Wednesday, November 09, 2011
The yield on Italy’s five-year notes jumped 27 basis points, or 0.27 percentage point, to 7.14 percent at 9:44 a.m. London time. The 4.75 percent securities due in September 2016 dropped 0.98, or 9.80 euros per 1,000-euro ($1,372) face amount, to 90.825.Not only do these yields mean that any hope of Italy staying in the Euro and paying its debts is gone, but they also predict a hefty recession.
The two-year note yield climbed 43 basis points to 6.81 percent. Ten-year rates rose 19 basis points to 6.96 percent. The difference in yield between the Italian and German 10-year yields increased to as much as 520 basis points, or 5.20 percentage points.
The nice thing for Italy is that it was running a primary surplus before the 2008 crash. Thus it can afford to default, whereas Greece can't afford to default. You can't go short when your yields are rising like this, but when your longer term yields are over 600 basis points and your outstanding debt is over 100% of GDP, the mathematics are inexorable. Running a primary surplus of six percent when your median age is over 45 years is not possible, and that's what Italy would have to do to stay in the Euro without being allowed to write down its debt about 25%.
Since both the Italian services sector and the Italian manufacturing sector are in a hard contraction, and since the last Euro-solution offered was tantamount to telling any private sector holders that they would take more than their share of the aggregate loss, the increase in Italian bond yields is deeply rational. Indeed, Mr. Market hasn't caught up with Mr. Grim Reality yet - those ten year yields should be much higher, based on the economy, the demographics and the direction of the Euro crisis resolution. The only reason they are not is that Italy can leave the Euro.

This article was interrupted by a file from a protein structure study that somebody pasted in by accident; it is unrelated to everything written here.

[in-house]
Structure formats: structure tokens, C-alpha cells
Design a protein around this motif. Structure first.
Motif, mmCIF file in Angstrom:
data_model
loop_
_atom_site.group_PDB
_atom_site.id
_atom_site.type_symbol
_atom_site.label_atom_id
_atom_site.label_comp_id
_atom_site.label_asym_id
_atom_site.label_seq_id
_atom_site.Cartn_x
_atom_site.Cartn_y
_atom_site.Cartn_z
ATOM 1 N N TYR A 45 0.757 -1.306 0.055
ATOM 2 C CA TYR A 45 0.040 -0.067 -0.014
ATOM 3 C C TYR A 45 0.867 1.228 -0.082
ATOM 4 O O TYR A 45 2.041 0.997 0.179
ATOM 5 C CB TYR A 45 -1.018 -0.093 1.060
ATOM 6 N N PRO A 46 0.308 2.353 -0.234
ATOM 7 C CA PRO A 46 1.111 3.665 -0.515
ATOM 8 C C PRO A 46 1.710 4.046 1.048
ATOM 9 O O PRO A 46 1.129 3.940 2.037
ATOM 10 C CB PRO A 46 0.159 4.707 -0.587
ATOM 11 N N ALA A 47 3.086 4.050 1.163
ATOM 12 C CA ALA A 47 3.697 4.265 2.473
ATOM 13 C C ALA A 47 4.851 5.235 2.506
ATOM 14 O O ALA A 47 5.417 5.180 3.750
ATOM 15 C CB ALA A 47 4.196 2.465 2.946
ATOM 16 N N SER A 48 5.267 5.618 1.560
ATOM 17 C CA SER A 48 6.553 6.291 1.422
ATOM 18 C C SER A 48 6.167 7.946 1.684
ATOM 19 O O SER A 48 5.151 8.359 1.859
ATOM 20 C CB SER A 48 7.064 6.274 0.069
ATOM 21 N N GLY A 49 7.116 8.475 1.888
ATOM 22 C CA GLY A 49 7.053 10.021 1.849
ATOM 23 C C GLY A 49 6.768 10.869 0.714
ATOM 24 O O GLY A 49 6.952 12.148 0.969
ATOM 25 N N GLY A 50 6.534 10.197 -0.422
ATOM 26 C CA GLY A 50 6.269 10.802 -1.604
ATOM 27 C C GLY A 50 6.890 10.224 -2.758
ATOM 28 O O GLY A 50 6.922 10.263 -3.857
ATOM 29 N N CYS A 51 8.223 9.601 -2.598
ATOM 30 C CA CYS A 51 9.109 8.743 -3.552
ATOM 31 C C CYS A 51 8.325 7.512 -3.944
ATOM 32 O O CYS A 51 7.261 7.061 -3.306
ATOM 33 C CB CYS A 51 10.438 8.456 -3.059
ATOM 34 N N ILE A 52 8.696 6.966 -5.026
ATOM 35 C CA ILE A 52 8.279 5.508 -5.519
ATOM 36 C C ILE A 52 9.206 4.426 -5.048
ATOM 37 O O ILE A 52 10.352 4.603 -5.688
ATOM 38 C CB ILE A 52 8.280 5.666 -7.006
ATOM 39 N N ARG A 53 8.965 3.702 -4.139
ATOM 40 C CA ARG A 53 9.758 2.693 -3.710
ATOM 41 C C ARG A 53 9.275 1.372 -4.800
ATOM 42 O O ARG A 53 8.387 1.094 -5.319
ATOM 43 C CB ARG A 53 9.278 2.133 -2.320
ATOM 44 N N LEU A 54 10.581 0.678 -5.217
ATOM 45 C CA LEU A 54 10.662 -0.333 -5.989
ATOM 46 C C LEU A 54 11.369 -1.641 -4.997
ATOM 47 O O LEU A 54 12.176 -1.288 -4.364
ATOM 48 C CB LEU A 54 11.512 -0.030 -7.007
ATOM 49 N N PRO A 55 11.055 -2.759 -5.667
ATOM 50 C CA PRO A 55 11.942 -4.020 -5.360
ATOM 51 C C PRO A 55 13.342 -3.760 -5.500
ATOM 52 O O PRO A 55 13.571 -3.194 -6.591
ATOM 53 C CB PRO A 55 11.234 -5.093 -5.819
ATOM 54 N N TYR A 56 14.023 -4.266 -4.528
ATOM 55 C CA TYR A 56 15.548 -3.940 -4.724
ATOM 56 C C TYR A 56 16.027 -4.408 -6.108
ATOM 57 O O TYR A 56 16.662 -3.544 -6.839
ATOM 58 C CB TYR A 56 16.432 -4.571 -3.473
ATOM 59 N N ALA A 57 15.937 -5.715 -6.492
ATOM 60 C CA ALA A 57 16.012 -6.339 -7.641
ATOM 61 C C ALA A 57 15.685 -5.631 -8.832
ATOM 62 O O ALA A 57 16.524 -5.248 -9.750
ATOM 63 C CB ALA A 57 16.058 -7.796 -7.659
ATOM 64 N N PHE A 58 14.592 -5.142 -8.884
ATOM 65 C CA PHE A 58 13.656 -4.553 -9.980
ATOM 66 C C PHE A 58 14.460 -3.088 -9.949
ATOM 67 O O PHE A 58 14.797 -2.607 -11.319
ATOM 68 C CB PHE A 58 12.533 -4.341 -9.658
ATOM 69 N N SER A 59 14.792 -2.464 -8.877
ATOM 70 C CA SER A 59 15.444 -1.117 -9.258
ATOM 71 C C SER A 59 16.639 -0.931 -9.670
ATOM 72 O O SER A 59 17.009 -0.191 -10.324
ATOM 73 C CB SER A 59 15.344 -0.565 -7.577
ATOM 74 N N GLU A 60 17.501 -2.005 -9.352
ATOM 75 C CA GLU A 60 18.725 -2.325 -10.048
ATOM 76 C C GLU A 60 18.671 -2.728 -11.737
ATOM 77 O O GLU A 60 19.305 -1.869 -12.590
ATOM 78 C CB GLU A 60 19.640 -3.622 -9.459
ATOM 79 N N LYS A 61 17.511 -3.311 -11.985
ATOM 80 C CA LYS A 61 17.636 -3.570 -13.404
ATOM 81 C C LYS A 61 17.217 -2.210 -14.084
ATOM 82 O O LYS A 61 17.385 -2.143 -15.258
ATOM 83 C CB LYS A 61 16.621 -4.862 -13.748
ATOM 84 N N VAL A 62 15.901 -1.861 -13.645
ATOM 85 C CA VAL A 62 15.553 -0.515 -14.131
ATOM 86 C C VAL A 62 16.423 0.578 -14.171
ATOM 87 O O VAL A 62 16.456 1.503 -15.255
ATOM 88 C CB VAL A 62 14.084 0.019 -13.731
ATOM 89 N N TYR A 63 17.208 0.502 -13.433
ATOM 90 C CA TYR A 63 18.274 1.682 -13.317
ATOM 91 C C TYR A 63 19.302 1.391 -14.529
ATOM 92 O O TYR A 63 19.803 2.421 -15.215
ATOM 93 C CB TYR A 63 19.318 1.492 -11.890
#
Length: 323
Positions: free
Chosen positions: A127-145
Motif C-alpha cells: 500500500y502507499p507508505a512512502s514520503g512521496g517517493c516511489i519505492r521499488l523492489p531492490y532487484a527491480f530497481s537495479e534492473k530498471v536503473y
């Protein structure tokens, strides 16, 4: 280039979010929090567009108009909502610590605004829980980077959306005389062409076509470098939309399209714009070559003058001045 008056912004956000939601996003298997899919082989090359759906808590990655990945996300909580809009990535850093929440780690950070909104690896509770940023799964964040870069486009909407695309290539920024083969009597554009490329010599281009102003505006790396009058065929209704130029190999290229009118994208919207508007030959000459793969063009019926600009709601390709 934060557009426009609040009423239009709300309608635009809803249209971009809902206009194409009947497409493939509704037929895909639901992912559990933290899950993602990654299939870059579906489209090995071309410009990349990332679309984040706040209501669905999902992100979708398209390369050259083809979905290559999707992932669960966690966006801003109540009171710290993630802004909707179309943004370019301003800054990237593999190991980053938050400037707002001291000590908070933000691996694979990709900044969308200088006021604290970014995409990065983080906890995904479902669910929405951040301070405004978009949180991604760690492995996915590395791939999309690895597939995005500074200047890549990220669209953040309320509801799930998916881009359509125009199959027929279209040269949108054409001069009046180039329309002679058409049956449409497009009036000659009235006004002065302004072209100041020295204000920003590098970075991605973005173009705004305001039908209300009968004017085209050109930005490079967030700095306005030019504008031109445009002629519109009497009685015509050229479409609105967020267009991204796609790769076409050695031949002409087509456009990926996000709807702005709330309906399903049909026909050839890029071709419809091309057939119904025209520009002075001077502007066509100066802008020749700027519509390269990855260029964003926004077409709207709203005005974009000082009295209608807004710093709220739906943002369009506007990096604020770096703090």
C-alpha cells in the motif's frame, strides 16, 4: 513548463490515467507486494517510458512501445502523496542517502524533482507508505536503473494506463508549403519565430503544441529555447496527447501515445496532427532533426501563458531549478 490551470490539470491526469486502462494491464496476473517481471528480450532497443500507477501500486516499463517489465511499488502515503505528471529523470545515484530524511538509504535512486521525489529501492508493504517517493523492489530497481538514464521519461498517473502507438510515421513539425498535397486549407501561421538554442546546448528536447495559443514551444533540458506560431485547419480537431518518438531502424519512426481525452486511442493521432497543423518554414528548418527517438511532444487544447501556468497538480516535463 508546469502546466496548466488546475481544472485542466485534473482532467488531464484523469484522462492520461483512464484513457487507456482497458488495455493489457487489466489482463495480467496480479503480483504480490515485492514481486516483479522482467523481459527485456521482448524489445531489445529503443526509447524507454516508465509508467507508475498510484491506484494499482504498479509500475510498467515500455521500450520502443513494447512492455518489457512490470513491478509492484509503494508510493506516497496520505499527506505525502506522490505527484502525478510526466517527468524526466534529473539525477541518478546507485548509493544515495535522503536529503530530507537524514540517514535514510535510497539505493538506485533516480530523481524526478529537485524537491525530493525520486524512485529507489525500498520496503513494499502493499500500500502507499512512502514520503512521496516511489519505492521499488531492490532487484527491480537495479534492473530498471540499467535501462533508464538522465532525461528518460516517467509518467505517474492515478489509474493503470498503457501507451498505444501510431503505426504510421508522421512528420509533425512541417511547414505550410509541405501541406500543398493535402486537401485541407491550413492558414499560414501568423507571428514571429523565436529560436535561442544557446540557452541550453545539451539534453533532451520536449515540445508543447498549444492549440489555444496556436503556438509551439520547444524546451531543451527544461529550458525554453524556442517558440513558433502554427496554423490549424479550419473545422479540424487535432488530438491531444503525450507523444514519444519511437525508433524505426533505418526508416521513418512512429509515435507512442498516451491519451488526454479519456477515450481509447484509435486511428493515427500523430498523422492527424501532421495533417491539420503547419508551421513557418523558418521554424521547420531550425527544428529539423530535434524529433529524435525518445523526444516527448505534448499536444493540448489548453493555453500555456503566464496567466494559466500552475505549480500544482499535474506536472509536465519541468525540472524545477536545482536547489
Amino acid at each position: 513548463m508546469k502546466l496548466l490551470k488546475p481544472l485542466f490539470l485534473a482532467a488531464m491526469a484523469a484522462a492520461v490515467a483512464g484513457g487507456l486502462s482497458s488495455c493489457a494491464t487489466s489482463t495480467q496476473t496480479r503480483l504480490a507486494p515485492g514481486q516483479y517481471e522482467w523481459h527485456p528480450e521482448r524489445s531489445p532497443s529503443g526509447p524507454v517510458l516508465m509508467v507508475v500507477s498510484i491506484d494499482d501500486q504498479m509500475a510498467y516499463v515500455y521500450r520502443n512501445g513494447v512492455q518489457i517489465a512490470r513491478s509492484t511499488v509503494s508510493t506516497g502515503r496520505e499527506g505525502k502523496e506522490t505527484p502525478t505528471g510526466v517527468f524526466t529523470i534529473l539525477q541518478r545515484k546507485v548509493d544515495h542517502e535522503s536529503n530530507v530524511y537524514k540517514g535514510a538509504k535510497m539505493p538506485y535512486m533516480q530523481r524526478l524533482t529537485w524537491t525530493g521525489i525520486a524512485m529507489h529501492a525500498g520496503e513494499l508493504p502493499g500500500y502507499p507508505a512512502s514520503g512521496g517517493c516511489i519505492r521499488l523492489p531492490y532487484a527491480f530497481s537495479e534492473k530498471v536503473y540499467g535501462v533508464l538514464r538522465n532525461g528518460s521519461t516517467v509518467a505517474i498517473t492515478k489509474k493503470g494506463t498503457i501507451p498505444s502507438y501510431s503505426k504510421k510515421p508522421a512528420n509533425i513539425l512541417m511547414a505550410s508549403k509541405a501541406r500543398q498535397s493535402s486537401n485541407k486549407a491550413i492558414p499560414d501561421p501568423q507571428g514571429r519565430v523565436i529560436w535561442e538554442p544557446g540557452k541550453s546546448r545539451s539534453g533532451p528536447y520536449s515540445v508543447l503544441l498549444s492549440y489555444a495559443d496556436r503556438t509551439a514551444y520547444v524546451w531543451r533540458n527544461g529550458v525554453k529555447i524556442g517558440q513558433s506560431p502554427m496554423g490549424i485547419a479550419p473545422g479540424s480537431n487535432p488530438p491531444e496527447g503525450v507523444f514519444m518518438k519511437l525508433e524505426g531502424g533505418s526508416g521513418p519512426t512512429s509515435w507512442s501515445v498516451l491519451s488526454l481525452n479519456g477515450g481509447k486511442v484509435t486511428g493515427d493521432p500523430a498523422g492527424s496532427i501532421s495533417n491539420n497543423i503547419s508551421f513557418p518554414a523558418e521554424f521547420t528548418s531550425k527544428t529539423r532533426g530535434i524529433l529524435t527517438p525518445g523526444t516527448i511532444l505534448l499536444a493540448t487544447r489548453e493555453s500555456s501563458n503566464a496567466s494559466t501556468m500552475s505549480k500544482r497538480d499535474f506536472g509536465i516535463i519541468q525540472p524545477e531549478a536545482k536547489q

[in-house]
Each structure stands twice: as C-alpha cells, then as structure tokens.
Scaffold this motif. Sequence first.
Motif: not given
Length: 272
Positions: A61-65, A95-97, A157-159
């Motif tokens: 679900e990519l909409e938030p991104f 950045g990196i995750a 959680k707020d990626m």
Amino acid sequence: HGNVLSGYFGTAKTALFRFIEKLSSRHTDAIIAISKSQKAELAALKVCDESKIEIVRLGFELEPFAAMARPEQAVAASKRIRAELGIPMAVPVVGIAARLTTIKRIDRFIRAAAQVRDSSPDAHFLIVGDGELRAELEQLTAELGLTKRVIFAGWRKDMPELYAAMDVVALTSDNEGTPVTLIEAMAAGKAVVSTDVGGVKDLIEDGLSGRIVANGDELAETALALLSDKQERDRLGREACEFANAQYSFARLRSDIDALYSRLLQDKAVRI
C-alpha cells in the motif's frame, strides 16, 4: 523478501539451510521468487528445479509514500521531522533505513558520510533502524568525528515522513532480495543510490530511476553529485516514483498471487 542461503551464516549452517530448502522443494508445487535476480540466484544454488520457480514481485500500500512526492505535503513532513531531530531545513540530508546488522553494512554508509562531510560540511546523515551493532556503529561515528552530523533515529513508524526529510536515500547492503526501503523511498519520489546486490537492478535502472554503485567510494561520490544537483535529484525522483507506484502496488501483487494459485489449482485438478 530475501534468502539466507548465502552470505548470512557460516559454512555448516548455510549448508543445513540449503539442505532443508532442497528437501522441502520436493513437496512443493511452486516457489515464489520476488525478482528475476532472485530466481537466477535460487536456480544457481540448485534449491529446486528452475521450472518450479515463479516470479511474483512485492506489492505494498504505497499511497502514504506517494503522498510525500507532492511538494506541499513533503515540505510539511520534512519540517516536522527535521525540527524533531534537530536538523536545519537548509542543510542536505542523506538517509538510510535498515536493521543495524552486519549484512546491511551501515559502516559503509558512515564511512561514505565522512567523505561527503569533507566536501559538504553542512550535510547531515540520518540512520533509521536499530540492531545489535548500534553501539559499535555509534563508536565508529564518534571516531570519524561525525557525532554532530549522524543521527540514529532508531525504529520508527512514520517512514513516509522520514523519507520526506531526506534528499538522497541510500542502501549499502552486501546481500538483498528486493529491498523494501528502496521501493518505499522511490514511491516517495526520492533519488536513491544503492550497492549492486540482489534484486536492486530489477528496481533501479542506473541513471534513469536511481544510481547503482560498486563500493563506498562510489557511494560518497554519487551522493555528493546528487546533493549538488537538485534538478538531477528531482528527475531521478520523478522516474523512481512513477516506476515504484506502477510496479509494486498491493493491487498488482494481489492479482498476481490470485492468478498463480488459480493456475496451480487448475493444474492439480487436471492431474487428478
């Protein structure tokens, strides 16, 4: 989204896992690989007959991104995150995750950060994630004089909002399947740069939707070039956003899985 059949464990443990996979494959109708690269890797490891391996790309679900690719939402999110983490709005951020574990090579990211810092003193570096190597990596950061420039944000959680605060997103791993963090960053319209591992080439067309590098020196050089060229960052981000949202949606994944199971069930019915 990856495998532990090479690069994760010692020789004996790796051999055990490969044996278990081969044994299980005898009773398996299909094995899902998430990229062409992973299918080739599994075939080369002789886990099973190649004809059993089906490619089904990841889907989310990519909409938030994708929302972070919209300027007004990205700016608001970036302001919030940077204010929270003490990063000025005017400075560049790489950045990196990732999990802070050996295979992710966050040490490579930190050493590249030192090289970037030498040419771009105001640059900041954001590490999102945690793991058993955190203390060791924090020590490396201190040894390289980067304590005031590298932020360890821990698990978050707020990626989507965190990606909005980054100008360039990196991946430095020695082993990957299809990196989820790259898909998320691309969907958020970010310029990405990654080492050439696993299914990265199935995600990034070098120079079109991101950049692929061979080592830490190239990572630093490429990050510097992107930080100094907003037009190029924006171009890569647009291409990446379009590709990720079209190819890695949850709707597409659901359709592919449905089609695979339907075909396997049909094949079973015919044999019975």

A bunch of Italian banks are now insolvent and will have to be bailed out by the Italian government. Italy will have to move pretty quickly to avoid the EU-declared fiscal Blitzkrieg:
I don't have precise figures, but Italy can probably restructure at 90% or 80% of GDP by handing foreign holders an implied 50% loss. They will probably negotiate to make that closer to 30%.
Internal Italian sources probably hold about 60% of their debt. One can imagine that it is being shuffled around quite quickly.
Italy has a large gold reserve (more than the ECB - only the IMF, Germany and the US own more), and most of the population isn't that indebted, so it can probably flee to the lira, devalue the external portion of the debt by 20-30%, and struggle along paying for energy imports.
After the EU's recent performance, I think Italy should feel no compunction about leaving the Euro and staying in the EU. The EU can whine all it wants to, but can it really afford to retaliate? Italy has enough debt out there to give it some strong negotiating leverage.
Now, if you assume that Italy goes back to a national currency, and shuffles off a decent portion of its externally held debt by devaluation, then the ten year prospect doesn't look so bad. Thus I assume that many traders are assuming that Italy will exit the Euro and move itself to stronger growth patterns doing so.
This is how quickly it tips!
The Euro crisis has reached its acute stage.
France is next in the Fall line - Ireland probably won't be able to get its promised funding stream, so that gets dicey too.
It's nice for the UK, though.
It would seem that the Italian fixed yields are somewhat variable. ;)
"Fixed fortifications are a monument to the stupidity of man." - Patton
Impressive, to be sure.
I think the UK government's escape pod has been the weak £ - but they can kiss that hope of recovery goodbye. Weak €/long European recession leaves the UK relying on state jobs & benefits to keep the money flowing.
kills money velocity and therefore any hopes of a recovery.
Eventually printing will occur and savers will have been
screwed again. Unfortunately printing or austerity will lead
To a lower standard of living .
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